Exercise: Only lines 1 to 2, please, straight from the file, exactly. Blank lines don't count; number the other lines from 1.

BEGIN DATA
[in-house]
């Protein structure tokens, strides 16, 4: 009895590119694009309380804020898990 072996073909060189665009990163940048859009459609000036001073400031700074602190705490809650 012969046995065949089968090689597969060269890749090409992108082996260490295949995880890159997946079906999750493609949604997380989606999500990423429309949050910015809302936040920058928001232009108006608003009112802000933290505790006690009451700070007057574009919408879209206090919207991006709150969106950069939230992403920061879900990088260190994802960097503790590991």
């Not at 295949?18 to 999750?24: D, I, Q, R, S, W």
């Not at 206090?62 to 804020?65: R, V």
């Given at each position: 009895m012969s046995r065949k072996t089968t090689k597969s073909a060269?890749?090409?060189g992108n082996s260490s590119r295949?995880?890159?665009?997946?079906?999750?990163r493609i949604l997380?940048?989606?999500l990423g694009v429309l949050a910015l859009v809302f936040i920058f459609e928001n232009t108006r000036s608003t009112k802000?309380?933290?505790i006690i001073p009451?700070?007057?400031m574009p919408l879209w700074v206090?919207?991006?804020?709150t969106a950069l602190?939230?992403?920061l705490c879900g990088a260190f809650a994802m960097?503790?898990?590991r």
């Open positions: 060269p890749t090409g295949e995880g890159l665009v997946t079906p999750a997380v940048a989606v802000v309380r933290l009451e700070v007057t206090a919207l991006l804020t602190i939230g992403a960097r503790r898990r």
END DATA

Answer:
[in-house]
């Protein structure tokens, strides 16, 4: 009895590119694009309380804020898990 072996073909060189665009990163940048859009459609000036001073400031700074602190705490809650 012969046995065949089968090689597969060269890749090409992108082996260490295949995880890159997946079906999750493609949604997380989606999500990423429309949050910015809302936040920058928001232009108006608003009112802000933290505790006690009451700070007057574009919408879209206090919207991006709150969106950069939230992403920061879900990088260190994802960097503790590991």